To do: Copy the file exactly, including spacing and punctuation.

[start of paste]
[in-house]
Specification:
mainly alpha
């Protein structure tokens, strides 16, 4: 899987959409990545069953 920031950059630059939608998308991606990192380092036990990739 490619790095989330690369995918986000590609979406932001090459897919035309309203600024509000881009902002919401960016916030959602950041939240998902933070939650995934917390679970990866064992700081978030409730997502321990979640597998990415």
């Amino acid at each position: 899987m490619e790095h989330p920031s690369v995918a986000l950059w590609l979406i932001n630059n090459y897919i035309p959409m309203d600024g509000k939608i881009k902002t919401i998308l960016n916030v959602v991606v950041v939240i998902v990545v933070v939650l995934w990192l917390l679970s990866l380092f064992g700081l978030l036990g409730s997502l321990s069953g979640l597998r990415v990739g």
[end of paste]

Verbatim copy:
[in-house]
Specification:
mainly alpha
């Protein structure tokens, strides 16, 4: 899987959409990545069953 920031950059630059939608998308991606990192380092036990990739 490619790095989330690369995918986000590609979406932001090459897919035309309203600024509000881009902002919401960016916030959602950041939240998902933070939650995934917390679970990866064992700081978030409730997502321990979640597998990415």
């Amino acid at each position: 899987m490619e790095h989330p920031s690369v995918a986000l950059w590609l979406i932001n630059n090459y897919i035309p959409m309203d600024g509000k939608i881009k902002t919401i998308l960016n916030v959602v991606v950041v939240i998902v990545v933070v939650l995934w990192l917390l679970s990866l380092f064992g700081l978030l036990g409730s997502l321990s069953g979640l597998r990415v990739g």